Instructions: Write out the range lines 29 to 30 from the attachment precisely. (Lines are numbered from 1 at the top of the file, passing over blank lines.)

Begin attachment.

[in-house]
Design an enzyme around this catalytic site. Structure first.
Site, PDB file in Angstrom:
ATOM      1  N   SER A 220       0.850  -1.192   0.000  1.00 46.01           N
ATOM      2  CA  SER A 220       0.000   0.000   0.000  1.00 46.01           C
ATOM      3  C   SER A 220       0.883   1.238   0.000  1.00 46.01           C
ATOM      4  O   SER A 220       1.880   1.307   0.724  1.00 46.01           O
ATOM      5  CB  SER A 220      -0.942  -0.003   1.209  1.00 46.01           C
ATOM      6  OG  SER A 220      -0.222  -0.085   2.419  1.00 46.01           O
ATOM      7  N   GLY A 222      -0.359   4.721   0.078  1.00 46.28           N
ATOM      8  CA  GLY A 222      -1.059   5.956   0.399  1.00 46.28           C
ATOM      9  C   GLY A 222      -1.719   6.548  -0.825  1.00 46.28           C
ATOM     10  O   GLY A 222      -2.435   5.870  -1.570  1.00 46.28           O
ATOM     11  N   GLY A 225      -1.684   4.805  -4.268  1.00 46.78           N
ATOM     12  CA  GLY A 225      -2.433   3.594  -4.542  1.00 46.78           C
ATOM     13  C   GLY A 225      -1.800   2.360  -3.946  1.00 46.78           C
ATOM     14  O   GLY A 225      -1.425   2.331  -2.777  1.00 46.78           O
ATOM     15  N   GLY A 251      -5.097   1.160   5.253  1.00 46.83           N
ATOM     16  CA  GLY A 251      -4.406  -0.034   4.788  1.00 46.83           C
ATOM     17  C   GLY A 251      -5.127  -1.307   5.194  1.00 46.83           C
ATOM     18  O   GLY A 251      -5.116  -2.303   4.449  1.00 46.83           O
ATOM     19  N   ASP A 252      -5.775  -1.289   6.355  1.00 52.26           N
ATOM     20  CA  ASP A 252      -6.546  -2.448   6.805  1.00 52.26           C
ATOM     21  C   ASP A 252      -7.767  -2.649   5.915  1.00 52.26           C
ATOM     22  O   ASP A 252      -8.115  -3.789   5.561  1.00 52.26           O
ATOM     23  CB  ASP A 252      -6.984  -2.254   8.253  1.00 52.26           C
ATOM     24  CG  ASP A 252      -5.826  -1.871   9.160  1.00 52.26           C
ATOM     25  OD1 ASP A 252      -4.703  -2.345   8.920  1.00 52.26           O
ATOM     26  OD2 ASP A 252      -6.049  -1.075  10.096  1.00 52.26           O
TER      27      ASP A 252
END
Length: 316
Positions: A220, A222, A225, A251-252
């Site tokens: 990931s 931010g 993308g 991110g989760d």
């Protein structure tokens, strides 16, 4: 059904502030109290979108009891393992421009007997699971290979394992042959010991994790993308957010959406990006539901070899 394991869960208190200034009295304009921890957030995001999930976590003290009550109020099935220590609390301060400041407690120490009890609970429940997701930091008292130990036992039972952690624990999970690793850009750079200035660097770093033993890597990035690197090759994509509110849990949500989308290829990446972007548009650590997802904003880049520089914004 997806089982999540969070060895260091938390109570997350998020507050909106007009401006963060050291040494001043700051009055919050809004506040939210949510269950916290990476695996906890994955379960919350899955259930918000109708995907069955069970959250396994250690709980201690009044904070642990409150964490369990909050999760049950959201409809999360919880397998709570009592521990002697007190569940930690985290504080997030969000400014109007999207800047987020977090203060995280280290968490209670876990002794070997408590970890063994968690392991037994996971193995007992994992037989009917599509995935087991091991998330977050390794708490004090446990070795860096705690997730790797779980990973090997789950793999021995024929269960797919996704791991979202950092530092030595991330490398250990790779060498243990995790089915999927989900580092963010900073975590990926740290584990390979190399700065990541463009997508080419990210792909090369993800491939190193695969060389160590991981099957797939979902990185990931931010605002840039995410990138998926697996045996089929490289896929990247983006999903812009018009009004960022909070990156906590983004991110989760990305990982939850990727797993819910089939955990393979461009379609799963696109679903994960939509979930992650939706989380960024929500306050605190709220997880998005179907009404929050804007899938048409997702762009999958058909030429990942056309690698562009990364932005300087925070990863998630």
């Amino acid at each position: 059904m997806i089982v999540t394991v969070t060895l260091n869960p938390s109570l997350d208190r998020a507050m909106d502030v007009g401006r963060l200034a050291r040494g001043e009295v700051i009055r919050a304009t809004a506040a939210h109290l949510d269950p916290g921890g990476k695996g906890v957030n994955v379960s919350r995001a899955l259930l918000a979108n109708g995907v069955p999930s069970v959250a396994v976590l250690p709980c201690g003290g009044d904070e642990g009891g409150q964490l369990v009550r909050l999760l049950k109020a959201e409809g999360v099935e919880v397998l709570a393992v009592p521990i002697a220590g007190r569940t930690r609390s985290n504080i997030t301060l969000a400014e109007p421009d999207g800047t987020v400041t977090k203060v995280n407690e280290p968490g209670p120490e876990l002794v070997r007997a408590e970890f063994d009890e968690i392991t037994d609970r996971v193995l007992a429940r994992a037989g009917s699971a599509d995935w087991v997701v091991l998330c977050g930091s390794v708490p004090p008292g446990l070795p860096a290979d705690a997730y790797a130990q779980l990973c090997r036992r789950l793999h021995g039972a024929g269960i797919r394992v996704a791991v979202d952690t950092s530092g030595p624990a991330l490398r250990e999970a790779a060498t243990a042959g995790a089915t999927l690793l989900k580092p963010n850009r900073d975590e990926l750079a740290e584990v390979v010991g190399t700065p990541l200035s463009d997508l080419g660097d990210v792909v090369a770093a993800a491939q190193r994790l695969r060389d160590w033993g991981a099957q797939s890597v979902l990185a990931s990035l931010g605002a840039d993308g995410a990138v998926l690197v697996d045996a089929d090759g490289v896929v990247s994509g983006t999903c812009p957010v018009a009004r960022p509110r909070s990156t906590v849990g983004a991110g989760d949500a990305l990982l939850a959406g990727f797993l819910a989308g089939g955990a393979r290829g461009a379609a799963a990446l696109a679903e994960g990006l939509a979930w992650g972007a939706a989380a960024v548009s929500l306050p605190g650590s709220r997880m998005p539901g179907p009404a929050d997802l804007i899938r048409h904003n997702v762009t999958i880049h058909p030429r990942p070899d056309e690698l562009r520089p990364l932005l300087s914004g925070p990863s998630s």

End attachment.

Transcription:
ATOM     26  OD2 ASP A 252      -6.049  -1.075  10.096  1.00 52.26           O
TER      27      ASP A 252